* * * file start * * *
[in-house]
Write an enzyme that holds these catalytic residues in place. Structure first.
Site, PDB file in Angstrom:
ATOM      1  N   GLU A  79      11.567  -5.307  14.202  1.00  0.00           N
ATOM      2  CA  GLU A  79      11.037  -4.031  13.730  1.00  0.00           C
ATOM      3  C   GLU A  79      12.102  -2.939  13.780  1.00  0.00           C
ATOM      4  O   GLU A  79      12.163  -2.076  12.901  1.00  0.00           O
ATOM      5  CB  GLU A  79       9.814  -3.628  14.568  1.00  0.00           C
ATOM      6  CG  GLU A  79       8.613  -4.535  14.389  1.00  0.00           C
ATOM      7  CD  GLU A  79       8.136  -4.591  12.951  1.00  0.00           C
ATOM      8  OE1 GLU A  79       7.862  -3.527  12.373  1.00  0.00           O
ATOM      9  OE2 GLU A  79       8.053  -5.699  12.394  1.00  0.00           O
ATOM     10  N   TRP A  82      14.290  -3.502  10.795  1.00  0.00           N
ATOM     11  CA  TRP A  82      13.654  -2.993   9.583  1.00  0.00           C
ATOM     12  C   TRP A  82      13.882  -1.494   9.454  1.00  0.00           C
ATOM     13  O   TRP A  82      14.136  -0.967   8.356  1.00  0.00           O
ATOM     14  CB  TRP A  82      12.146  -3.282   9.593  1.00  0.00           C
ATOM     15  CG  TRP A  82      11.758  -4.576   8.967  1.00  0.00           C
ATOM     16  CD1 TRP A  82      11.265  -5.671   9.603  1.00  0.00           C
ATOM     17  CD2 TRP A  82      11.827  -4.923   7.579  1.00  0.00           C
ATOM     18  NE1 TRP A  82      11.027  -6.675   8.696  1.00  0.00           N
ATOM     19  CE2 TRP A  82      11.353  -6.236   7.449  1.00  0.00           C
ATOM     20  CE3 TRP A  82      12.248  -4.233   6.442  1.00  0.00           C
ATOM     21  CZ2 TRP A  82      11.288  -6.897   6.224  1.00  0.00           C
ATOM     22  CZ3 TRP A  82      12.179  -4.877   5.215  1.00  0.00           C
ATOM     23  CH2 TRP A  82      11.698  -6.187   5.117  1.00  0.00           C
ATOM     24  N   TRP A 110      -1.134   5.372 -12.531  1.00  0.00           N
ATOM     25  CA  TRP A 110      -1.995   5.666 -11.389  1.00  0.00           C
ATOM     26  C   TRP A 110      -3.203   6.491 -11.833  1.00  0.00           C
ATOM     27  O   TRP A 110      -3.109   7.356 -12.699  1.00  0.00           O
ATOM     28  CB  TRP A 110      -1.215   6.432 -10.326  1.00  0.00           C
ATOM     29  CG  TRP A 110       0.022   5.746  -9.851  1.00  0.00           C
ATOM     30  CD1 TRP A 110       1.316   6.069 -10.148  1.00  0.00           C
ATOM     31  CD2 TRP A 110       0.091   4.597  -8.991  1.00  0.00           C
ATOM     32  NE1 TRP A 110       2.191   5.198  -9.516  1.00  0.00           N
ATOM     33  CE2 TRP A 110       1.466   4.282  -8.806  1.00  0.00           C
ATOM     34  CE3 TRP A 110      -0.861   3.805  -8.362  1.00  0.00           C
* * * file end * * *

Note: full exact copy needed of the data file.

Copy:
[in-house]
Write an enzyme that holds these catalytic residues in place. Structure first.
Site, PDB file in Angstrom:
ATOM      1  N   GLU A  79      11.567  -5.307  14.202  1.00  0.00           N
ATOM      2  CA  GLU A  79      11.037  -4.031  13.730  1.00  0.00           C
ATOM      3  C   GLU A  79      12.102  -2.939  13.780  1.00  0.00           C
ATOM      4  O   GLU A  79      12.163  -2.076  12.901  1.00  0.00           O
ATOM      5  CB  GLU A  79       9.814  -3.628  14.568  1.00  0.00           C
ATOM      6  CG  GLU A  79       8.613  -4.535  14.389  1.00  0.00           C
ATOM      7  CD  GLU A  79       8.136  -4.591  12.951  1.00  0.00           C
ATOM      8  OE1 GLU A  79       7.862  -3.527  12.373  1.00  0.00           O
ATOM      9  OE2 GLU A  79       8.053  -5.699  12.394  1.00  0.00           O
ATOM     10  N   TRP A  82      14.290  -3.502  10.795  1.00  0.00           N
ATOM     11  CA  TRP A  82      13.654  -2.993   9.583  1.00  0.00           C
ATOM     12  C   TRP A  82      13.882  -1.494   9.454  1.00  0.00           C
ATOM     13  O   TRP A  82      14.136  -0.967   8.356  1.00  0.00           O
ATOM     14  CB  TRP A  82      12.146  -3.282   9.593  1.00  0.00           C
ATOM     15  CG  TRP A  82      11.758  -4.576   8.967  1.00  0.00           C
ATOM     16  CD1 TRP A  82      11.265  -5.671   9.603  1.00  0.00           C
ATOM     17  CD2 TRP A  82      11.827  -4.923   7.579  1.00  0.00           C
ATOM     18  NE1 TRP A  82      11.027  -6.675   8.696  1.00  0.00           N
ATOM     19  CE2 TRP A  82      11.353  -6.236   7.449  1.00  0.00           C
ATOM     20  CE3 TRP A  82      12.248  -4.233   6.442  1.00  0.00           C
ATOM     21  CZ2 TRP A  82      11.288  -6.897   6.224  1.00  0.00           C
ATOM     22  CZ3 TRP A  82      12.179  -4.877   5.215  1.00  0.00           C
ATOM     23  CH2 TRP A  82      11.698  -6.187   5.117  1.00  0.00           C
ATOM     24  N   TRP A 110      -1.134   5.372 -12.531  1.00  0.00           N
ATOM     25  CA  TRP A 110      -1.995   5.666 -11.389  1.00  0.00           C
ATOM     26  C   TRP A 110      -3.203   6.491 -11.833  1.00  0.00           C
ATOM     27  O   TRP A 110      -3.109   7.356 -12.699  1.00  0.00           O
ATOM     28  CB  TRP A 110      -1.215   6.432 -10.326  1.00  0.00           C
ATOM     29  CG  TRP A 110       0.022   5.746  -9.851  1.00  0.00           C
ATOM     30  CD1 TRP A 110       1.316   6.069 -10.148  1.00  0.00           C
ATOM     31  CD2 TRP A 110       0.091   4.597  -8.991  1.00  0.00           C
ATOM     32  NE1 TRP A 110       2.191   5.198  -9.516  1.00  0.00           N
ATOM     33  CE2 TRP A 110       1.466   4.282  -8.806  1.00  0.00           C
ATOM     34  CE3 TRP A 110      -0.861   3.805  -8.362  1.00  0.00           C